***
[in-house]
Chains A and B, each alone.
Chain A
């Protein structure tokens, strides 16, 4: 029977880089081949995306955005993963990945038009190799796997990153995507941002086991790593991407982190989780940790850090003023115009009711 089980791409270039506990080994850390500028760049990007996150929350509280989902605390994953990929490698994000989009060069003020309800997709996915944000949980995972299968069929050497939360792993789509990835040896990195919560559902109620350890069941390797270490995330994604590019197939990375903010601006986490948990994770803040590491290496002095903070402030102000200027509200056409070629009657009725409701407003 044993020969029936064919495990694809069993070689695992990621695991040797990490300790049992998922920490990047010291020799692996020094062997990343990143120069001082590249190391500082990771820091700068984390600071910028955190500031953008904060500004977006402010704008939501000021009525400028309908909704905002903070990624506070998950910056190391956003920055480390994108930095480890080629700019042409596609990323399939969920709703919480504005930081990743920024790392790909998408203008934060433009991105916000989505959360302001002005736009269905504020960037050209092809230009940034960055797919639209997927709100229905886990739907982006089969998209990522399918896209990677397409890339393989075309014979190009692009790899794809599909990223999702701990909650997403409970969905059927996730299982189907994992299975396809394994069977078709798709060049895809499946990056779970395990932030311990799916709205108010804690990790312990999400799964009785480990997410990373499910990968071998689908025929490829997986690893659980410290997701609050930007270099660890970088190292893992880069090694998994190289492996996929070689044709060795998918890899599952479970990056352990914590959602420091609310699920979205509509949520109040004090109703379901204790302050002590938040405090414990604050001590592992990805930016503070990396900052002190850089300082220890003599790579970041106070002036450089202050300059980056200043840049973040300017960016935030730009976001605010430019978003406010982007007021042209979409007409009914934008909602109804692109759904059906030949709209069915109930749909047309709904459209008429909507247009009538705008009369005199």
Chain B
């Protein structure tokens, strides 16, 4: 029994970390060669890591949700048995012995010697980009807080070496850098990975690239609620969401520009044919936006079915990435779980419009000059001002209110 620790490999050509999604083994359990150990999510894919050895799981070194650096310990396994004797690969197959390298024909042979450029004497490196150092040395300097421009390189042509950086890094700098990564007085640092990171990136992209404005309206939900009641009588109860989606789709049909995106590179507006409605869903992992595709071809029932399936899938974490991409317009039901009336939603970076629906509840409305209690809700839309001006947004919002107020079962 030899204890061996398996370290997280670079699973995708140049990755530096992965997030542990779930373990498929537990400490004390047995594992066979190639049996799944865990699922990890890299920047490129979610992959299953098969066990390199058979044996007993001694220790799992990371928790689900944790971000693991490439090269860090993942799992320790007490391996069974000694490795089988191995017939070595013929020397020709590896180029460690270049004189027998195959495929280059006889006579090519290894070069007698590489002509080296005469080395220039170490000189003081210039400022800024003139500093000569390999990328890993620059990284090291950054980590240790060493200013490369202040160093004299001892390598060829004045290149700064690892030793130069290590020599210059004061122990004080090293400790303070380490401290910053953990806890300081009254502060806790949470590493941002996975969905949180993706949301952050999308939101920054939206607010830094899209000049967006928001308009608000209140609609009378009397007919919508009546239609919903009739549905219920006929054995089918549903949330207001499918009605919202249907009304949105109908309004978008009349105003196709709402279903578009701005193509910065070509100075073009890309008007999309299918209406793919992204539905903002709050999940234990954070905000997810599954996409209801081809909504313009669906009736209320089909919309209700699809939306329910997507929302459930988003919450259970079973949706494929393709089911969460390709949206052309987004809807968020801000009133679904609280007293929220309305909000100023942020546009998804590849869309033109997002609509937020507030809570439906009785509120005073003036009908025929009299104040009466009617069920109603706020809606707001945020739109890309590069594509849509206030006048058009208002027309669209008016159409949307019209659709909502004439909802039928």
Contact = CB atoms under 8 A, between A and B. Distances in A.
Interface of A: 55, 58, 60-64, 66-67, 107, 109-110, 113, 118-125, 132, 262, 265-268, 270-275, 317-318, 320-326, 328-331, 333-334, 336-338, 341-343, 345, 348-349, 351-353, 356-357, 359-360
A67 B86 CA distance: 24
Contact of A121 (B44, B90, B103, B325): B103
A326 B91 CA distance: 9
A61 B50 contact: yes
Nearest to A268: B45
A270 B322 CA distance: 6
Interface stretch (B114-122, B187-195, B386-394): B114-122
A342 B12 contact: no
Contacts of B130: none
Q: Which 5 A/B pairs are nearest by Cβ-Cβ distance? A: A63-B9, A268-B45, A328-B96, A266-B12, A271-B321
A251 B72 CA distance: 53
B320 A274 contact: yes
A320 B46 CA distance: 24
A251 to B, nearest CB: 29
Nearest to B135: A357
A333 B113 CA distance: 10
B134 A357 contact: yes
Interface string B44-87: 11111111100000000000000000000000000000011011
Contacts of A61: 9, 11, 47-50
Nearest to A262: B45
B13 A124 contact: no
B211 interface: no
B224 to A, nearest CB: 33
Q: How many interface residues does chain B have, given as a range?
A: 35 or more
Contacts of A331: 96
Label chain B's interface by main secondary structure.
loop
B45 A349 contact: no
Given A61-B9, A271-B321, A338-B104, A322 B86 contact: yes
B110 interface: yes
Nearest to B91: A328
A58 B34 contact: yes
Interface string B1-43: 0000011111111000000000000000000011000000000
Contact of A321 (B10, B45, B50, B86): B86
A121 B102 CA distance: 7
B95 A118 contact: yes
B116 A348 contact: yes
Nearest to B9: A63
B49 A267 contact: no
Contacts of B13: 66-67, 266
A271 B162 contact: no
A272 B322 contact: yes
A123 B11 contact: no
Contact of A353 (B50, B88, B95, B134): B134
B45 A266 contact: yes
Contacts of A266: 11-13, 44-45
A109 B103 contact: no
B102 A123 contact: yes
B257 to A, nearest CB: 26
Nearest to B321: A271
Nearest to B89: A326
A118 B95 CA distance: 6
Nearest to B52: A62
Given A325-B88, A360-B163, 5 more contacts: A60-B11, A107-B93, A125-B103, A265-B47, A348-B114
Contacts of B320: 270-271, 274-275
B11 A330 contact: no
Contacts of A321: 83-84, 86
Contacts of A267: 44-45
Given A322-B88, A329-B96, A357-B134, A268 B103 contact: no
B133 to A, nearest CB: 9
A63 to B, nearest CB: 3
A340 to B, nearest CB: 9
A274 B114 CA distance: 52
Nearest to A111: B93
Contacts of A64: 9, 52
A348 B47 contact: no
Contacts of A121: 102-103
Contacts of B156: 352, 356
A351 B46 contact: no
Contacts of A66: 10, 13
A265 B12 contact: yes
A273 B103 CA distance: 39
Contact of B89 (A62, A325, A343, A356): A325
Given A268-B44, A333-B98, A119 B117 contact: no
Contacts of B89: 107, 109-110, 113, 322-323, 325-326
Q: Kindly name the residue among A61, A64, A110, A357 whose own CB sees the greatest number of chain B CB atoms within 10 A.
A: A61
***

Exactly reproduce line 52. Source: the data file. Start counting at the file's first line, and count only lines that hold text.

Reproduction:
A123 B11 contact: no